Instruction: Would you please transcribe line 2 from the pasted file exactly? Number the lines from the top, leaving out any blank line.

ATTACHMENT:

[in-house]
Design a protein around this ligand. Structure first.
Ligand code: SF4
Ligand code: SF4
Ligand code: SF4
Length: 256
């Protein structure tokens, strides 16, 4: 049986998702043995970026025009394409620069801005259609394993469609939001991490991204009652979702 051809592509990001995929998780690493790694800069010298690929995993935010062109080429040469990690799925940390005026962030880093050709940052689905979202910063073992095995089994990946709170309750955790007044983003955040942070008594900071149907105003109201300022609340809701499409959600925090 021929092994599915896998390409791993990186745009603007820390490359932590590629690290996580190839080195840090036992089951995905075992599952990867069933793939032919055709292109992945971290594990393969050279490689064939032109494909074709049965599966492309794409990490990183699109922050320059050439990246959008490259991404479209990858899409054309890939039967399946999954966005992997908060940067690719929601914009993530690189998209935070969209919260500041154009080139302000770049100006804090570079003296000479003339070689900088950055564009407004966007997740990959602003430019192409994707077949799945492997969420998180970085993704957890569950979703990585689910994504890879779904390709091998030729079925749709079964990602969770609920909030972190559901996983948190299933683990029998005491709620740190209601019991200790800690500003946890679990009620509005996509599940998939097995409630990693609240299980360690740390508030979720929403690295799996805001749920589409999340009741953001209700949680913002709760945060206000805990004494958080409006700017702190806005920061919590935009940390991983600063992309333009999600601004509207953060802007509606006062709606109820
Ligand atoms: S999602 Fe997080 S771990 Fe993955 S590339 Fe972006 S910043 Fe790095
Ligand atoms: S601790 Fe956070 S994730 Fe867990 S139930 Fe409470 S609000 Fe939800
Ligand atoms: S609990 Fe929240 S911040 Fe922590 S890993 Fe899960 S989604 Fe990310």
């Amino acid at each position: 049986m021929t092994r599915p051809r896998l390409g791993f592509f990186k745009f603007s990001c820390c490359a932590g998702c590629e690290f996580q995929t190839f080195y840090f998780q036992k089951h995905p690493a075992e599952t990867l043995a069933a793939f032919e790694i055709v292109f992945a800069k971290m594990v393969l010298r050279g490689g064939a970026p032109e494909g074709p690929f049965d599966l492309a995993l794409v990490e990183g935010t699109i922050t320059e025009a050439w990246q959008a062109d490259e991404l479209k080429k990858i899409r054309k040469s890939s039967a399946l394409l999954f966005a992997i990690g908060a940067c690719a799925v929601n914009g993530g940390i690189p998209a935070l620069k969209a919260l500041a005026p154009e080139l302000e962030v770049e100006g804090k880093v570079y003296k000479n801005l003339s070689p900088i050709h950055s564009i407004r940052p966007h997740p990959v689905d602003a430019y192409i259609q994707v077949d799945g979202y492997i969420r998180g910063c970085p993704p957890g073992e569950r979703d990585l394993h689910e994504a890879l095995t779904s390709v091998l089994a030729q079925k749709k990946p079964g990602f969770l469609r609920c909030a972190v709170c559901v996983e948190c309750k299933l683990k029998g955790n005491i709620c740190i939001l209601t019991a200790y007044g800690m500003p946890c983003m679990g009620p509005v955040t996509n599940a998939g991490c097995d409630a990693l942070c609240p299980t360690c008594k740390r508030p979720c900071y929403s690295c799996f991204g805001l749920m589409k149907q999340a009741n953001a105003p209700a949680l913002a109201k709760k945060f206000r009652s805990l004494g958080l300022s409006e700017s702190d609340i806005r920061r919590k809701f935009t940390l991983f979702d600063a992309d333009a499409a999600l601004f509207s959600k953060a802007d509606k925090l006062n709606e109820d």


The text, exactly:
Design a protein around this ligand. Structure first.